Wednesday, November 14, 2012

Knowledge Management

“Do we have a KMS (Knowledge Management System) in our company?” asked my accountant while completing a survey form mandated by the government. When I told her that we do, she seemed surprise. “I thought we only implemented CRM (Customer Relationship Management)?” she stressed.  Nonchalantly, I challenged her, “How do you define Knowledge Management System then?”  She replied, “According to the form, KMS is a system that manages information/knowledge in organizations.” 

“That exactly defines what our system is doing now,” I told her.

When we built a website for FingerTec many years ago, we already equipped it with all the KMS features. The knowledge accumulates over the years, allowing renewals of some outdated materials, covering almost every aspect of the business; constant sharing among the staff and customers according to the level of accessibility, and it is indeed the hub for our daily operations. Our sales, technical support, brand building, admin & accounts, and R&D teams are constantly contributing their knowledge towards the system besides their daily duty whether they realize it or not.

In fact, knowledge is derived from processed information that originated from analytical data. Every organization produces knowledge, along with the products and services that they market to customers. Knowledge helps organizations to invent products or deliver services. Even in a trading company, product is a matter of transferring the goods from a supplier to a customer. Still, there must be some valuable knowledge in the supply-chain from the mere transfer process of goods. To remain competitive, it depends on how well you manage knowledge, and maintain a system that encourages renewable knowledge, and sharing of information.

Without knowledge management, the wastage of knowledge is high. For example, if a technical solution is not documented and shared, it needs to be repeated, and the answers would be most likely inconsistent the next time it’s presented.

Knowledge flow in organizations can be described using APQC’s Knowledge Flow Process that shown below. And now, since we are living in the age of digital technology, with reduce usage of papers, the knowledge flow cycle has been smoothened ever since, but in an invisible way.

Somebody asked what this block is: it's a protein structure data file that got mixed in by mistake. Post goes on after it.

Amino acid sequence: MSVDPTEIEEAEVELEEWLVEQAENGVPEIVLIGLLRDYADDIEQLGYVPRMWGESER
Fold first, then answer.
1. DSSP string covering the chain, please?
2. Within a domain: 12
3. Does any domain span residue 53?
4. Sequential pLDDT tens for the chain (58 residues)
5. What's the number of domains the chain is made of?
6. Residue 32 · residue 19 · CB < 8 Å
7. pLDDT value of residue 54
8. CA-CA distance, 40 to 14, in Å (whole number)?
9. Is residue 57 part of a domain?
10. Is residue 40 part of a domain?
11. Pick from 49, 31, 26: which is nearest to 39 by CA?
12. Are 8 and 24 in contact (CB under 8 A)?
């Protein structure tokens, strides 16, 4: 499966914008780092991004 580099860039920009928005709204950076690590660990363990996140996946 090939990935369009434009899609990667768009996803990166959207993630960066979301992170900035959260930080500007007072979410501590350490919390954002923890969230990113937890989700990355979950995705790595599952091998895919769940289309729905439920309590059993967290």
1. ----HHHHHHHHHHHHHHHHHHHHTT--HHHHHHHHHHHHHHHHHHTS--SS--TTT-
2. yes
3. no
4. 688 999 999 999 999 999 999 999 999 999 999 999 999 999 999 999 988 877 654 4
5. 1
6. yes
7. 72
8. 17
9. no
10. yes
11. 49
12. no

Knowledge now, is easier to transfer and share.  And the knowledge sharing is always associated with informal learning.  Our website, as a digital hub, also serves as a self-service library, as a means to develop social networking, nurture new knowledge, stimulate innovation, or share tacit knowledge within and between individuals or organizations. And knowledge, in general, produces wiser individuals and organizations.

Dr. Hewig Rollett, the knowledge management guru said, the increasing complexity of both the environment in which companies operate and of their internal workings, combined with the speed demanded from them, the pressure for innovation, and the scarcity of attention as the ultimate limited resource, make knowledge central to business success today. Knowledge is now seen as a factor of production not only at par with land, labor, and capital, but surpassing them in importance.

To us, knowledge management has always been an integral part of what we do.  

by Teh Hon Seng, CEO, FingerTec HQ 

Monday, November 5, 2012

Something Larger Than Biometrics

Biometrics products have their own attractions more than the industries they really served.

That's why most of the biometrics players like to put forward their amazing hardware before you, and eager to show how fingerprint verification or face recognition machine works on you during a demonstration session. Their software easily escapes tight scrutiny with this strategy.  

The biometrics device is simply 'soulless' if you skip the software
The truth is, the real purpose of a biometrics device is basically defined and decided by its software. The biometrics device is simply 'soulless' if you skip the software.

Our customers can spot how much we emphasize on software, even though the hardware is like a natural magnetic field, pulling them in. We stress the importance of software by introducing three new applications to our software family throughout 2012. Firstly, TimeTec Cloud as a workforce management software based on cloud technology; secondly, Ingress as a new generation access control application, and thirdly, OFIS GateWay as a secure single sign on software, after years of developments to enhance our solutions.

The reason is simple, because the threshold can be varied, from cards to biometrics or to NFC (Near Field Communication) in the future; and the platform can be varied as well, from Windows to Web, or to private or public Cloud; and the medium can be varied too, from PCs to tablets or to smart phones, but the solution either serving physical or logical access control industry or time and attendance management, would remain the same almost forever.

Since we established in 2000, we always believed that there is something larger than the biometrics. Hence, Beyond Biometrics becomes our slogan, to remind us that the success of FingerTec would not be solely relied on how fast and accurate our fingerprint or face recognition algorithm is, we should go beyond the boundary to look into the industry at a larger perspective.

We should look into the industry at a larger perspective
And, our comprehension of serving the industry has different levels too, acceptance is just the entry point, satisfaction would be the next to ensure success, but we aim for the highest, which is to touch the customers, by their hearts. Can our products or solutions or services achieve that? We don’t promise, but we are working extraordinarily hard at that.

We hope you find us exceptional at the first sight, and later on in everything we do.

by Teh Hon Seng, CEO, FingerTec HQ